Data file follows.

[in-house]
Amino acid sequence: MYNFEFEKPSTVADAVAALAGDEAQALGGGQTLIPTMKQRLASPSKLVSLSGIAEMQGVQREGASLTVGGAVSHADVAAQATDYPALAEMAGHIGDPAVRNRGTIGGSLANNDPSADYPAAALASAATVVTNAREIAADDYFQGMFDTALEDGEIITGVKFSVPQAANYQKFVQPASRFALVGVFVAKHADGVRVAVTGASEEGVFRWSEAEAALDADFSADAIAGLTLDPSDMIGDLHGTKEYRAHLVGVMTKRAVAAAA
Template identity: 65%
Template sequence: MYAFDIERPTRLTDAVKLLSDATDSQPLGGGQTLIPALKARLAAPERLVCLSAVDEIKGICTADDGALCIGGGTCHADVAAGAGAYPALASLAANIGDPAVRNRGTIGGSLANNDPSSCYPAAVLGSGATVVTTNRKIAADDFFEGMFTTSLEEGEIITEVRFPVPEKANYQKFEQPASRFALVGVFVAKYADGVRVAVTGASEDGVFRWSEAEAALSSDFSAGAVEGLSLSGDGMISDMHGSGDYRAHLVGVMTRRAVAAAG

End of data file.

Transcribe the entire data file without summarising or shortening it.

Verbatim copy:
[in-house]
Amino acid sequence: MYNFEFEKPSTVADAVAALAGDEAQALGGGQTLIPTMKQRLASPSKLVSLSGIAEMQGVQREGASLTVGGAVSHADVAAQATDYPALAEMAGHIGDPAVRNRGTIGGSLANNDPSADYPAAALASAATVVTNAREIAADDYFQGMFDTALEDGEIITGVKFSVPQAANYQKFVQPASRFALVGVFVAKHADGVRVAVTGASEEGVFRWSEAEAALDADFSADAIAGLTLDPSDMIGDLHGTKEYRAHLVGVMTKRAVAAAA
Template identity: 65%
Template sequence: MYAFDIERPTRLTDAVKLLSDATDSQPLGGGQTLIPALKARLAAPERLVCLSAVDEIKGICTADDGALCIGGGTCHADVAAGAGAYPALASLAANIGDPAVRNRGTIGGSLANNDPSSCYPAAVLGSGATVVTTNRKIAADDFFEGMFTTSLEEGEIITEVRFPVPEKANYQKFEQPASRFALVGVFVAKYADGVRVAVTGASEDGVFRWSEAEAALSSDFSAGAVEGLSLSGDGMISDMHGSGDYRAHLVGVMTRRAVAAAG